The correlation pattern of patients contrasted strikingly with that of healthy controls. In patients with HAE we found a strong positive correlation between the total CP and LP activity, but no correlation was found between the activity of the CP and AP of complement. Conversely, in healthy subjects the activity of the CP and AP correlated with each other, and no association was found between the CP and LP. No correlation was found between AP and LP in either group. We also determined the correlations between total pathway activities with the other complement parameters. In the patients, CP correlated with C1q, C4, functional and antigenic C1INH (without HAE type II) and LP correlated with MBL, C1q, C4, functional and antigenic C1INH. Taking into consideration the individual complement proteins, C1q correlated with MBL and C4 only in patients, while no association was found between these complement proteins in healthy subjects. In controls we found far fewer associations. Similarly to patients, in the control group the level of MBL correlated strongly with LP and the level of C3 correlated with AP. In contrast to the patients, in healthy subjects CP correlated not only with AP but also with C3. A weak correlation was found between AP and antigenic level of C1INH in control subjects (Table 2).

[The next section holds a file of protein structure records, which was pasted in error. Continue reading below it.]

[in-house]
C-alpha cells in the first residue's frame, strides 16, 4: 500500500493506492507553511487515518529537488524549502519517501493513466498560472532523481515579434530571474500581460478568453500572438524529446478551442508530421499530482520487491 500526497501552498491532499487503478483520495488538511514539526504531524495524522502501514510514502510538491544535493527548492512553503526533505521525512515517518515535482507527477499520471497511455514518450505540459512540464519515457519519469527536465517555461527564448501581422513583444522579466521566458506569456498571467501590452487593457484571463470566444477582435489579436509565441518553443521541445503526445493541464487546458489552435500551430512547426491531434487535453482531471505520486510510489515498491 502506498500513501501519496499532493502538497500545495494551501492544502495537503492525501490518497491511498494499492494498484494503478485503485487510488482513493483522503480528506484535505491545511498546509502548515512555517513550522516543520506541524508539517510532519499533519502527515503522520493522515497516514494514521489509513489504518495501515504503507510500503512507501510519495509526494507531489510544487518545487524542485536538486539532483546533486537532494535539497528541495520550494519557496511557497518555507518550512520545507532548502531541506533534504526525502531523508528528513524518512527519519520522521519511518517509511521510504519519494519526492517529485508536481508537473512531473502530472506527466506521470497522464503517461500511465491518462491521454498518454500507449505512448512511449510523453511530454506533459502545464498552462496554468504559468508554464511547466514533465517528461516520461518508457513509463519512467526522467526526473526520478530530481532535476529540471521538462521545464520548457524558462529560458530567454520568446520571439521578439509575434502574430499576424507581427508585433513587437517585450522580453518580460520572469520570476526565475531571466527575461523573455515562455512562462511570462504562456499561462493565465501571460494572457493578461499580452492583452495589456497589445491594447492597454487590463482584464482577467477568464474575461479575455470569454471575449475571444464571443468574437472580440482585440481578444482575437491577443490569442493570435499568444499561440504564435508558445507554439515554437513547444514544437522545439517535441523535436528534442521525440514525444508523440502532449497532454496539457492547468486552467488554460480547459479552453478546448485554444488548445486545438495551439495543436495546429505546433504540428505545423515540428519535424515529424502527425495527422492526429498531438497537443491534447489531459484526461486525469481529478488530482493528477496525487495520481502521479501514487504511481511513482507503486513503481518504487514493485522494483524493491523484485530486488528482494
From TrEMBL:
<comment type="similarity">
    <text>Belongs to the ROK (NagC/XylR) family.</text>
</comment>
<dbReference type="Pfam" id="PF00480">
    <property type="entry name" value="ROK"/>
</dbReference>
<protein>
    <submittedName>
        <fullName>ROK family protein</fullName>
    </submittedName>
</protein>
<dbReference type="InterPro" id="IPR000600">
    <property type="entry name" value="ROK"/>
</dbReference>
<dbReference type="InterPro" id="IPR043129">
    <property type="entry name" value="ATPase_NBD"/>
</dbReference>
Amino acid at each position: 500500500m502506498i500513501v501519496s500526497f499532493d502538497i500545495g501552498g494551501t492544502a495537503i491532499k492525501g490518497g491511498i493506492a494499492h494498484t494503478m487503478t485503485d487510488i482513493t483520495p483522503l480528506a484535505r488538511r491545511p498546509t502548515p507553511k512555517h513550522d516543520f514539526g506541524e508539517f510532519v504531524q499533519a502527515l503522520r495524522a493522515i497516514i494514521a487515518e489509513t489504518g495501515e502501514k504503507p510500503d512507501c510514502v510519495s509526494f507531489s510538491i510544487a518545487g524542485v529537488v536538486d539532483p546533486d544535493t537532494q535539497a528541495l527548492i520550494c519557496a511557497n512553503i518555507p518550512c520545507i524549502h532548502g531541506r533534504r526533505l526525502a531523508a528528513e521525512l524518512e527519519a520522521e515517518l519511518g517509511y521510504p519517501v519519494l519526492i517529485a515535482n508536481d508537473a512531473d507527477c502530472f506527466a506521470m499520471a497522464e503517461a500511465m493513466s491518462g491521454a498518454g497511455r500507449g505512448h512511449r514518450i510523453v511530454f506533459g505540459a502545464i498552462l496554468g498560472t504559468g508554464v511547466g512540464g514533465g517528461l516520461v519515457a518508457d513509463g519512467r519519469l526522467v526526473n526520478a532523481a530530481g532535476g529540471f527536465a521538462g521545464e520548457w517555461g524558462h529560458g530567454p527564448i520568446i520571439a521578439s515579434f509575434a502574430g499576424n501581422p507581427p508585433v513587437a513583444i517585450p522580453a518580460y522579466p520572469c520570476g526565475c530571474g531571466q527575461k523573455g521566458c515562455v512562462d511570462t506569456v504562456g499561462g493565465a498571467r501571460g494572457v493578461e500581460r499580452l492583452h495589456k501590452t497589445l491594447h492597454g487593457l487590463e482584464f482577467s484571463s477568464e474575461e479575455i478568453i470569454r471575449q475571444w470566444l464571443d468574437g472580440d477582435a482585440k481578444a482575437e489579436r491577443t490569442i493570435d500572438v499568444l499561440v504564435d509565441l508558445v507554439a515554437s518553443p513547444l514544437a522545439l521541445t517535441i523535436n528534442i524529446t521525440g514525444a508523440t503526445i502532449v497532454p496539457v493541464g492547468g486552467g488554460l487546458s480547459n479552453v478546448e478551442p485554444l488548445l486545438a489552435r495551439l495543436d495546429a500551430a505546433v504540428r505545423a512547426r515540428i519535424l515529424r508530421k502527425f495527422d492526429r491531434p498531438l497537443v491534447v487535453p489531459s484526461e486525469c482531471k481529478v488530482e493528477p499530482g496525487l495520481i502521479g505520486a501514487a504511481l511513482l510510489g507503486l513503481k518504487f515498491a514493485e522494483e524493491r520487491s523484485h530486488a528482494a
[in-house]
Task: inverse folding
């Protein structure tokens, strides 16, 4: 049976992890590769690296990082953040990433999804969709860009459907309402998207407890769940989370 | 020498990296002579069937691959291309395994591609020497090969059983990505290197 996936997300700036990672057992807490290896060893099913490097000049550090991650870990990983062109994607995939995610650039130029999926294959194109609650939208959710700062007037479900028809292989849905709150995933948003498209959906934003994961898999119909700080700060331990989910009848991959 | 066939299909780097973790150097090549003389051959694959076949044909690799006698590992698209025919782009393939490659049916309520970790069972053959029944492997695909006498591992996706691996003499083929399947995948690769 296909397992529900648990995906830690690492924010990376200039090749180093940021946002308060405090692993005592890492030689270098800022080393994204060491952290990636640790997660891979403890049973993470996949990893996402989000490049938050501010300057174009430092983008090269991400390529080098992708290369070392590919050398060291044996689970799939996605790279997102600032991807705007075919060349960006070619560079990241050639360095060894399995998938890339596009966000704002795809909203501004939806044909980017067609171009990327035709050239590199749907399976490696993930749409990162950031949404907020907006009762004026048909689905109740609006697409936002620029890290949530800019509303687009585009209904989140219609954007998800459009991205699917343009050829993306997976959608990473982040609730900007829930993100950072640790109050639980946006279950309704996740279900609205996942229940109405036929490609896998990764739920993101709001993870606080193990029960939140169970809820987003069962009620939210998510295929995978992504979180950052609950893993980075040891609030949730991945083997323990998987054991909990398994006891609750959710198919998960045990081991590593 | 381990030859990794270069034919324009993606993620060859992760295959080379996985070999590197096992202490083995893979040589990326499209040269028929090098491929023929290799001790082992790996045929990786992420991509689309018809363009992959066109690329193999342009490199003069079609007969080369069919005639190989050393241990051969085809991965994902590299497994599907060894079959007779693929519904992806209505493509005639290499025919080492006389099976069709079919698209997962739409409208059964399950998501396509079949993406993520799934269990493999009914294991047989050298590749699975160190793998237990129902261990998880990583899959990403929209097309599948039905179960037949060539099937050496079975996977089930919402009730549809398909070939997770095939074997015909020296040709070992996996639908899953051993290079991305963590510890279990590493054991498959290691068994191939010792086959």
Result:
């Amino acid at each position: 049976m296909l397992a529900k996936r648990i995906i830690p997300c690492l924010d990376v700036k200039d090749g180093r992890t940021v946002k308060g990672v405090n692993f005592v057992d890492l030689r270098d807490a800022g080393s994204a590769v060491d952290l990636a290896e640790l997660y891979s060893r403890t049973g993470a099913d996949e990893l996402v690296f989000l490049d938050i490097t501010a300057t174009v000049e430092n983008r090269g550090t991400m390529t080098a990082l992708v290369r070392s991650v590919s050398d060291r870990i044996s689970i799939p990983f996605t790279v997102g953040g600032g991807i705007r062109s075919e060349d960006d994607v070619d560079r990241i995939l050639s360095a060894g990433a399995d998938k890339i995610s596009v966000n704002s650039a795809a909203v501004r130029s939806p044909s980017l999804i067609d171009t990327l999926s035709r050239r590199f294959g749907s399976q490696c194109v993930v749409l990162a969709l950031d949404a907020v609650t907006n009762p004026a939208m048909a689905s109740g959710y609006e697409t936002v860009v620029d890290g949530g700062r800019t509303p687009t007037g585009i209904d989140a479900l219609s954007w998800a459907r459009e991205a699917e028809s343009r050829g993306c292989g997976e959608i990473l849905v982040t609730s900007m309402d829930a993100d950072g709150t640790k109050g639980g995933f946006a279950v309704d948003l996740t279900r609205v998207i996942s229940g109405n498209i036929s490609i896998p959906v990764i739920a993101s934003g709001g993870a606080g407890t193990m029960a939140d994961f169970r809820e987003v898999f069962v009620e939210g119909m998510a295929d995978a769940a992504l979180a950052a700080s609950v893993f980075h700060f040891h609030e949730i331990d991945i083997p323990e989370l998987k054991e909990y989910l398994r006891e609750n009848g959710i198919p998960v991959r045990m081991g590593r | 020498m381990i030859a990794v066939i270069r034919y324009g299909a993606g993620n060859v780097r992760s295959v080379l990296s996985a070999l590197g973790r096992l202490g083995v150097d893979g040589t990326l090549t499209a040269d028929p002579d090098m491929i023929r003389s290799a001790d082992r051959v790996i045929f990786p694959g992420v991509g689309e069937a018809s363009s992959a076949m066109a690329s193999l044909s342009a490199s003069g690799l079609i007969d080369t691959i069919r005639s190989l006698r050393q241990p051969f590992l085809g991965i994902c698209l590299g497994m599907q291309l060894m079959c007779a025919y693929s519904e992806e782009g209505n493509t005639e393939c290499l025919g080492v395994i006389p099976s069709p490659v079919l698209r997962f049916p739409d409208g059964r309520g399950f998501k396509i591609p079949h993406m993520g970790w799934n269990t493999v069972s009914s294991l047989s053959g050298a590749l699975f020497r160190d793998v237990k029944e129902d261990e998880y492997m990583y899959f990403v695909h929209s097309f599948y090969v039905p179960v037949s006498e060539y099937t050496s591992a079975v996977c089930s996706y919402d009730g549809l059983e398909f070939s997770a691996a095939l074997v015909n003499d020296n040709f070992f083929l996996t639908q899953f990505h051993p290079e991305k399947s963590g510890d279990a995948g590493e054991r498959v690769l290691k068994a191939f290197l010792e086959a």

Table 2.  Correlations between complement parameters: comparisons of patients with controls.
 Patients with HAEControls
  1. Values presented as Spearman's rho (P-value). *Patients with HAE type II were excluded from the analysis. AP: alternative pathway activity; C1INHa, antigenic level of C1 inhibitor; C1INHf, functional level of C1-inhibitor; CP, classical pathway activity; LP, MBL–lectin pathway activity; MBL, mannan-binding lectin; n.s., not significant. HAE, hereditary angioedema.

CP versus LP0·644 (< 0·0001)n.s.
CP versus APn.s.0·474 (< 0·0001)
CP versus C1q0·4898 (< 0·0001)n.s.
CP versus C40·482 (< 0·0001)n.s.
CP versus C3n.s.0·436 (0·0005)
CP versus C1INHa0·500 (< 0·0001)*0·312 (0·015)
CP versus C1INHf0·378 (0·0015)n.s.
LP versus MBL0·622 (< 0·0001)0·834 (P < 0·0001)
LP versus C1q0·547 (< 0·0001)n.s.
LP versus C40·409 (0·0005)n.s.
LP versus C1INHa0·381 (0·0023)*n.s.
LP versus C1INHf0·398 (0·0008)n.s.
AP versus C30·430 (0·0002)0·463 (0·0002)
AP versus C1INHan.s.*0·311 (0·015)
C1q versus MBL0·276 (0·022)n.s.
C1q versus C40·464 (< 0·0001)n.s.